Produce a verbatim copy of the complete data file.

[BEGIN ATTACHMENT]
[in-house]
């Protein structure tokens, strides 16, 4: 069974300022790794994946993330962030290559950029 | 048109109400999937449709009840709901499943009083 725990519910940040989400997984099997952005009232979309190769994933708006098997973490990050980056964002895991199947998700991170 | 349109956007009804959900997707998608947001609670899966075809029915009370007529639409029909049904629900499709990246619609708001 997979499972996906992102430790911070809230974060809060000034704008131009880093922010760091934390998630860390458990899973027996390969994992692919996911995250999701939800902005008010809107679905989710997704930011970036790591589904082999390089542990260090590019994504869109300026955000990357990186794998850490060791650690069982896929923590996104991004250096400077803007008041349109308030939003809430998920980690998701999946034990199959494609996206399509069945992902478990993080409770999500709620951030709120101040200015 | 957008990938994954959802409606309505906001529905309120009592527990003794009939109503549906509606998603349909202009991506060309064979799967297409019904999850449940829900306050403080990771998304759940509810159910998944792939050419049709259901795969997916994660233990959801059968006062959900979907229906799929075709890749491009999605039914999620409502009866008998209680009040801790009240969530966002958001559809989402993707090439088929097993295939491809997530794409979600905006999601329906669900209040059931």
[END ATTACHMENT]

[in-house]
């Protein structure tokens, strides 16, 4: 069974300022790794994946993330962030290559950029 | 048109109400999937449709009840709901499943009083 725990519910940040989400997984099997952005009232979309190769994933708006098997973490990050980056964002895991199947998700991170 | 349109956007009804959900997707998608947001609670899966075809029915009370007529639409029909049904629900499709990246619609708001 997979499972996906992102430790911070809230974060809060000034704008131009880093922010760091934390998630860390458990899973027996390969994992692919996911995250999701939800902005008010809107679905989710997704930011970036790591589904082999390089542990260090590019994504869109300026955000990357990186794998850490060791650690069982896929923590996104991004250096400077803007008041349109308030939003809430998920980690998701999946034990199959494609996206399509069945992902478990993080409770999500709620951030709120101040200015 | 957008990938994954959802409606309505906001529905309120009592527990003794009939109503549906509606998603349909202009991506060309064979799967297409019904999850449940829900306050403080990771998304759940509810159910998944792939050419049709259901795969997916994660233990959801059968006062959900979907229906799929075709890749491009999605039914999620409502009866008998209680009040801790009240969530966002958001559809989402993707090439088929097993295939491809997530794409979600905006999601329906669900209040059931």